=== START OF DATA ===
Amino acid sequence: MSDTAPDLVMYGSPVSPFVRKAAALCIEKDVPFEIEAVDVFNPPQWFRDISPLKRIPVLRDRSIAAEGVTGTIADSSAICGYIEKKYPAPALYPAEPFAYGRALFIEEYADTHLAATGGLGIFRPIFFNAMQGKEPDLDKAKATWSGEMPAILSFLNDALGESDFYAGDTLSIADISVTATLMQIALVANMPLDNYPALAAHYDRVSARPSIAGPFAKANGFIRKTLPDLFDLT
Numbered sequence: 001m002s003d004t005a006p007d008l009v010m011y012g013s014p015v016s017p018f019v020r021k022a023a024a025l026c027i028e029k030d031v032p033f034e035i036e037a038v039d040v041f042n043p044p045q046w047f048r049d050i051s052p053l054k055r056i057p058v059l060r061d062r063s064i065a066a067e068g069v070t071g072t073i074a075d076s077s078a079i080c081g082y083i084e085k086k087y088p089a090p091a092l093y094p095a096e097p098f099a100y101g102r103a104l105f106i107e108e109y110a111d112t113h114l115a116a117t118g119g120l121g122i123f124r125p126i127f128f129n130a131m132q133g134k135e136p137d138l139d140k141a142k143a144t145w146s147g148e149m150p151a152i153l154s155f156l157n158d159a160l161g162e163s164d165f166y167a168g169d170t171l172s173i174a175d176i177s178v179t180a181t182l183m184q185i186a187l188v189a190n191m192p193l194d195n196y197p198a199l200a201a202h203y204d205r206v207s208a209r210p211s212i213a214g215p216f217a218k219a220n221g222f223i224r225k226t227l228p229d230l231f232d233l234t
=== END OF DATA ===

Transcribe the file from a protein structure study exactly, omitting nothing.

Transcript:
Amino acid sequence: MSDTAPDLVMYGSPVSPFVRKAAALCIEKDVPFEIEAVDVFNPPQWFRDISPLKRIPVLRDRSIAAEGVTGTIADSSAICGYIEKKYPAPALYPAEPFAYGRALFIEEYADTHLAATGGLGIFRPIFFNAMQGKEPDLDKAKATWSGEMPAILSFLNDALGESDFYAGDTLSIADISVTATLMQIALVANMPLDNYPALAAHYDRVSARPSIAGPFAKANGFIRKTLPDLFDLT
Numbered sequence: 001m002s003d004t005a006p007d008l009v010m011y012g013s014p015v016s017p018f019v020r021k022a023a024a025l026c027i028e029k030d031v032p033f034e035i036e037a038v039d040v041f042n043p044p045q046w047f048r049d050i051s052p053l054k055r056i057p058v059l060r061d062r063s064i065a066a067e068g069v070t071g072t073i074a075d076s077s078a079i080c081g082y083i084e085k086k087y088p089a090p091a092l093y094p095a096e097p098f099a100y101g102r103a104l105f106i107e108e109y110a111d112t113h114l115a116a117t118g119g120l121g122i123f124r125p126i127f128f129n130a131m132q133g134k135e136p137d138l139d140k141a142k143a144t145w146s147g148e149m150p151a152i153l154s155f156l157n158d159a160l161g162e163s164d165f166y167a168g169d170t171l172s173i174a175d176i177s178v179t180a181t182l183m184q185i186a187l188v189a190n191m192p193l194d195n196y197p198a199l200a201a202h203y204d205r206v207s208a209r210p211s212i213a214g215p216f217a218k219a220n221g222f223i224r225k226t227l228p229d230l231f232d233l234t